Blodlina: The Viking Musical

Where do you start if your ultimate goal is a West End and Broadway musical? Revivals often start at Chichester and new concepts here at the Fringe. Six started in Edinburgh and went huge. Hamlet the Musical started here and didn’t. The Viking musical Blodlina is hoping that it will share the fate of the Tudor wives rather than the Scandinavian prince.

The lines are clumsy, the story muddled and there is no good tune to whistle

Former East 15 students Marcus Wood and Nathan Rees got together with Viking obsessed composer Vicky Clubb to tell the musical story of two sisters, Magnhild and Ingrid. These Iron Maidens inherit a Norse throne from their dad along with a mortal rival, King Ove, who wants to steal their lands. Blodlina tells the story, in rock, of the ensuing struggle for lands, thrones and affections.

The professional company give us plenty to enjoy in this one hour pilot, throwing themselves aboard heart, voice and sword. Ed Tunningley is all Viking warlord, channelling Erik Bloodaxe, Sweyn Forkbeard and Brian Blessed as he barks, snarls and bites his way through the role of King Ove. If I ever have to sack Lindisfarne, I definitely want him beside me. Singing Icelandic warrior queen Halldora Thoell (Friga) goes all Valkyrie on everyone’s ass, trolling out operatic medleys and flapping big silvery wings. She certainly earned her Danegeld. Nathan Rees (plus guitar) strums his way through engagingly as a likeable Welsh Loki. There is leathered up girl on girl Viking action with swords and fists (but no mud). Is it giving you the horn? These Vikings certainly rock the boat.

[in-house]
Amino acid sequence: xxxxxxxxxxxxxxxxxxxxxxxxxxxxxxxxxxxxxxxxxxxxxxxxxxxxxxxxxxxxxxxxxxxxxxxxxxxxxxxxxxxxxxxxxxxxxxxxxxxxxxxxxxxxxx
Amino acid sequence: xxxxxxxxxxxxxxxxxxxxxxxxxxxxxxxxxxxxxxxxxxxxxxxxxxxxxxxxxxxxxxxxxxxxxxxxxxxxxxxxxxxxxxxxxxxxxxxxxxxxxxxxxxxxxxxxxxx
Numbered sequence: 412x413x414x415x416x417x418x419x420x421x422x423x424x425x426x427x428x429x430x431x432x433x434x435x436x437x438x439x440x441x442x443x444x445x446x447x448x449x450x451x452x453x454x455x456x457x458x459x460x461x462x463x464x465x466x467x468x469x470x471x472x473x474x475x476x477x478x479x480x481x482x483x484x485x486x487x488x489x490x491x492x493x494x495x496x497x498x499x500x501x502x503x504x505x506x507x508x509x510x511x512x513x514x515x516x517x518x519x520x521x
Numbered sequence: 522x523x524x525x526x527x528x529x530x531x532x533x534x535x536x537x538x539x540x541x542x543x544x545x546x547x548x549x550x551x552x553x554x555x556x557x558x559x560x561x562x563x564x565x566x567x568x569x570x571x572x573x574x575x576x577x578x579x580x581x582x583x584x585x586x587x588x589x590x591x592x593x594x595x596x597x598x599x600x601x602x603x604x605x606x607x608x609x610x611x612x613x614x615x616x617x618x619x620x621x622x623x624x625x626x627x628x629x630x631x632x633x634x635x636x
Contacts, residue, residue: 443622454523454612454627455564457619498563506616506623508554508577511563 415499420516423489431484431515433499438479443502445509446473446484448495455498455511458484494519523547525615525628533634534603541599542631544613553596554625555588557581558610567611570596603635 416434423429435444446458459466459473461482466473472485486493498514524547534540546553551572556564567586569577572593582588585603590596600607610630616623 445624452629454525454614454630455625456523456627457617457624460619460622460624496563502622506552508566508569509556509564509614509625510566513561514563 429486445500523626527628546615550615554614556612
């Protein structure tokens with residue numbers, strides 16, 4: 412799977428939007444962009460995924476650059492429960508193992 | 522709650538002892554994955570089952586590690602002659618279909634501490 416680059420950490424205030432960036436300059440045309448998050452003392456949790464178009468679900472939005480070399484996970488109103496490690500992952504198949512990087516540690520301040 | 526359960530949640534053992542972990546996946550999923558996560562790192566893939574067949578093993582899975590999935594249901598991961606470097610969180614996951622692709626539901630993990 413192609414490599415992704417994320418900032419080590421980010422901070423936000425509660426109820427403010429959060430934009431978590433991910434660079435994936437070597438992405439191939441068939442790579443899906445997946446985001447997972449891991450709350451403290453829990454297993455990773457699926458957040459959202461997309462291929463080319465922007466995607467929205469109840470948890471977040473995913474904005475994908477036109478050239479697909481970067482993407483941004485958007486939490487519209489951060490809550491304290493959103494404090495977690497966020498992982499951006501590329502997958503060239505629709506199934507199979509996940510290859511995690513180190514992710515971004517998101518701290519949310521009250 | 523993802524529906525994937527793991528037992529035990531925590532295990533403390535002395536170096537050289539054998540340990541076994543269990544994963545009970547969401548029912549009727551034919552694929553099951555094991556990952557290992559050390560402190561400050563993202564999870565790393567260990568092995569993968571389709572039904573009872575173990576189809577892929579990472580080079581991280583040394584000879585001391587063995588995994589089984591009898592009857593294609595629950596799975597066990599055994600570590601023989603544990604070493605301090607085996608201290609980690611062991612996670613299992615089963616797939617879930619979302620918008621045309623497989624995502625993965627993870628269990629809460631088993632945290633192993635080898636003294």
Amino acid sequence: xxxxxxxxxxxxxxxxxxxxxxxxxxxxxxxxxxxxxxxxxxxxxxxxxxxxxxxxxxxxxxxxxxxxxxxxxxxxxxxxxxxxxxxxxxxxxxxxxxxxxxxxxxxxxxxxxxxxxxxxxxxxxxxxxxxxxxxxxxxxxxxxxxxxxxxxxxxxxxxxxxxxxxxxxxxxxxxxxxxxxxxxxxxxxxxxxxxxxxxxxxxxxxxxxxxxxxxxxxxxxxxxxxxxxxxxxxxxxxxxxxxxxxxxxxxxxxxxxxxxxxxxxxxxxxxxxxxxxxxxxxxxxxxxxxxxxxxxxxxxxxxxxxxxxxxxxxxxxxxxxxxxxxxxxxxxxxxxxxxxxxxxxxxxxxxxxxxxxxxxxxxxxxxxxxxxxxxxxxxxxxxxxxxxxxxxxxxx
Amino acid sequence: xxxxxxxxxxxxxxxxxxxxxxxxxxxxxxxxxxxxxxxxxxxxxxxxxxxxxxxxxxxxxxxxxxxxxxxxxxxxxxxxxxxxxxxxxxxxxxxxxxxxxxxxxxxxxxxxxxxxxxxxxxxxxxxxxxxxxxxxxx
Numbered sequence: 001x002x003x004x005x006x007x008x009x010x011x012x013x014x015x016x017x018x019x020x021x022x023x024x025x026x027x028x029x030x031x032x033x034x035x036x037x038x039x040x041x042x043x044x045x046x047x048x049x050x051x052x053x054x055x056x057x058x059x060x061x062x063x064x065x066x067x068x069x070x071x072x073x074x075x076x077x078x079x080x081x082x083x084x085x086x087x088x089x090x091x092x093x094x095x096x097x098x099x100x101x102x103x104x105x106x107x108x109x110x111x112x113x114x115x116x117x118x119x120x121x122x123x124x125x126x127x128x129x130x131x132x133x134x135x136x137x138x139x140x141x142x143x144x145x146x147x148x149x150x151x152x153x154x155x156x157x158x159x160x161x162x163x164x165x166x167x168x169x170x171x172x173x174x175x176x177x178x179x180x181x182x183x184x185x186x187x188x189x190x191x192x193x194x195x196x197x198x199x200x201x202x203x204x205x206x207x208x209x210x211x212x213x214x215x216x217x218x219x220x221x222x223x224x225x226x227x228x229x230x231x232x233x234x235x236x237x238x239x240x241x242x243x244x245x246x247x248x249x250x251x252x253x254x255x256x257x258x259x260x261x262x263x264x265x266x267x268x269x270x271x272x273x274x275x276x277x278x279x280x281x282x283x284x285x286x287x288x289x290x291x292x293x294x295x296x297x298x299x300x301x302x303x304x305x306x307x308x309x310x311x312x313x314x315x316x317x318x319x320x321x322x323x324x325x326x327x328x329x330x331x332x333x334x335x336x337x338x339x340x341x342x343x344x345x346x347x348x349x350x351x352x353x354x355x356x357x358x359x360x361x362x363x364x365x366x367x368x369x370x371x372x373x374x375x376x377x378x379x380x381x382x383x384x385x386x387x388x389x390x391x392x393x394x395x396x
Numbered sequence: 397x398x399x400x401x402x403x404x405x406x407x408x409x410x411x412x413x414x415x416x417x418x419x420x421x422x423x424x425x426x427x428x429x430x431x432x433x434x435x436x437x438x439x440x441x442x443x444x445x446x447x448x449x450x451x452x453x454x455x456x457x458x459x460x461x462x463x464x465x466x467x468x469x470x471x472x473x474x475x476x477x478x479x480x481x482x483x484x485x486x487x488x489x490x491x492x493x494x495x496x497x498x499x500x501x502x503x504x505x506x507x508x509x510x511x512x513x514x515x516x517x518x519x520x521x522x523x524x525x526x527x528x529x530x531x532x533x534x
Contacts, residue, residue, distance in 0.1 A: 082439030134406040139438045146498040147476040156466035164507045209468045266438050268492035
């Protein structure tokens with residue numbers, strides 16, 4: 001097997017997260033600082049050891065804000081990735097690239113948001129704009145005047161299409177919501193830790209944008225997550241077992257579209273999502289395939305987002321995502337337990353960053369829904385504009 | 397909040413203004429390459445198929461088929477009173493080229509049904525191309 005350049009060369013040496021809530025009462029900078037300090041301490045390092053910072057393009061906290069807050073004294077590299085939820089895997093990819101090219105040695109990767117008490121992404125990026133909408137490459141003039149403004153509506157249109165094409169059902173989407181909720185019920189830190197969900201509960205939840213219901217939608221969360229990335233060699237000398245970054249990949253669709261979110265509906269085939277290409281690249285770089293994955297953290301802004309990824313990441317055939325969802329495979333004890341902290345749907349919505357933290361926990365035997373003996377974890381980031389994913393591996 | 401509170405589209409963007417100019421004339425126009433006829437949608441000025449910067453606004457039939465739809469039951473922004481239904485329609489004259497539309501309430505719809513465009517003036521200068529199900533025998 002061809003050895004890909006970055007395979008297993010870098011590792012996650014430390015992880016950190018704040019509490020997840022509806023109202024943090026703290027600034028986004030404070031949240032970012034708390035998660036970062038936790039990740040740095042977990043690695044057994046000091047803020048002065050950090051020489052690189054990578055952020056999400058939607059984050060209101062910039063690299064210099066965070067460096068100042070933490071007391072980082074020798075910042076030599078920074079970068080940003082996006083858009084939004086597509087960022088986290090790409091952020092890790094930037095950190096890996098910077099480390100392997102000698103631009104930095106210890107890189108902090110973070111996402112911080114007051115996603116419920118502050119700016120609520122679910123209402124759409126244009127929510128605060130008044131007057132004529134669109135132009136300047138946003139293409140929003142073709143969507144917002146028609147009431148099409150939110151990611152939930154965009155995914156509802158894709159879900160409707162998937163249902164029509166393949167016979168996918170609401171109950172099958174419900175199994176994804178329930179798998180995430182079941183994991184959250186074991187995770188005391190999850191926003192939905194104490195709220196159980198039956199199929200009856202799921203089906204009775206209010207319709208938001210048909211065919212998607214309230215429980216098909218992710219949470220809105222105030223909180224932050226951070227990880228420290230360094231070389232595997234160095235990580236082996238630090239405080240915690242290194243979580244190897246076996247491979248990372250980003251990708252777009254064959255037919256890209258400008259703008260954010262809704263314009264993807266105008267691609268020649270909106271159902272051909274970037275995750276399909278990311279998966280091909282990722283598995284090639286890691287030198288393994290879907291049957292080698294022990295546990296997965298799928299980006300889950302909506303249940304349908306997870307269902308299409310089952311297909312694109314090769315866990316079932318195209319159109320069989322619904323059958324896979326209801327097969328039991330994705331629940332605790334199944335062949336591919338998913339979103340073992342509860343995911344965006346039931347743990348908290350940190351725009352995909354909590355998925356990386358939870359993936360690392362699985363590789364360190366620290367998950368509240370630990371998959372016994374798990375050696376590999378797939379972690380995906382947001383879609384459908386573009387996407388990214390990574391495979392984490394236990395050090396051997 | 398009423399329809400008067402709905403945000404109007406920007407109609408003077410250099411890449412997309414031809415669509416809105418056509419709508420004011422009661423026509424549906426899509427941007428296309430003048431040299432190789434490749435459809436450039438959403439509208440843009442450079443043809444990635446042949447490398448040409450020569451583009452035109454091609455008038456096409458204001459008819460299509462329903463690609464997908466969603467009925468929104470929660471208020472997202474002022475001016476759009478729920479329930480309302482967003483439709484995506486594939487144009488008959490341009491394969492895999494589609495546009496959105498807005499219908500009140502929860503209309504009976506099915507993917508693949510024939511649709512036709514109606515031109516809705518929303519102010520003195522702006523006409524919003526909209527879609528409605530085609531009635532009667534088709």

As a longer term project, however, the lines are clumsy, the story muddled and there is no good tune to whistle as you whittle and hack your way down the Royal Mile. We are promised “haunting folk melodies, exhilarating heavy metal and thrilling sword fights”. But the sword fights were hardly thrilling (disappointing from graduates of Acting and Stage Combat). And the lines are dreadful, such as “oh frig off mum”, “you are clueless” and “if you’re trying to be like Dad, you’re not doing yourself justice”. Storri Sturluson would turn in his grave. One Karl says “In helping us mend, I know I’ve a friend.” We need rattling good words and rattling good tunes please. Where are they? Above all, the story is muddled, drifting steadily nowhere as first this person is killed and then that. What sort of Jarlette is Ingrid supposed to be anyway – leathery bad ass or vulnerable underdog? And it doesn’t help to have Cameron Carlson play two characters, both wimpy, lovestruck no-hopers, without any real indication of which, at each point, is on stage.

There probably is space for a Viking musical. But this raid has not yielded treasure. Blodlina is more Stamford Bridge than Maldon. Back in the boat, travellers, and back to the drawing board.

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The Blurb

It is 900AD and two Viking sisters are fighting for control of their late father's domain. Set against the gathering storm clouds of imminent invasion, Blodlina is a new musical that tells the story of a tiny community bravely fighting against all odds for its very existence. Broken hearts and broken swords; romance and rebellion; all under the watchful eyes of two mischievous, interfering teenage Norse gods, Thor and Loki. With deliciously brutal sword fighting and music from haunting folk to heavy metal, Blodlina will have you on the edge of your seat.

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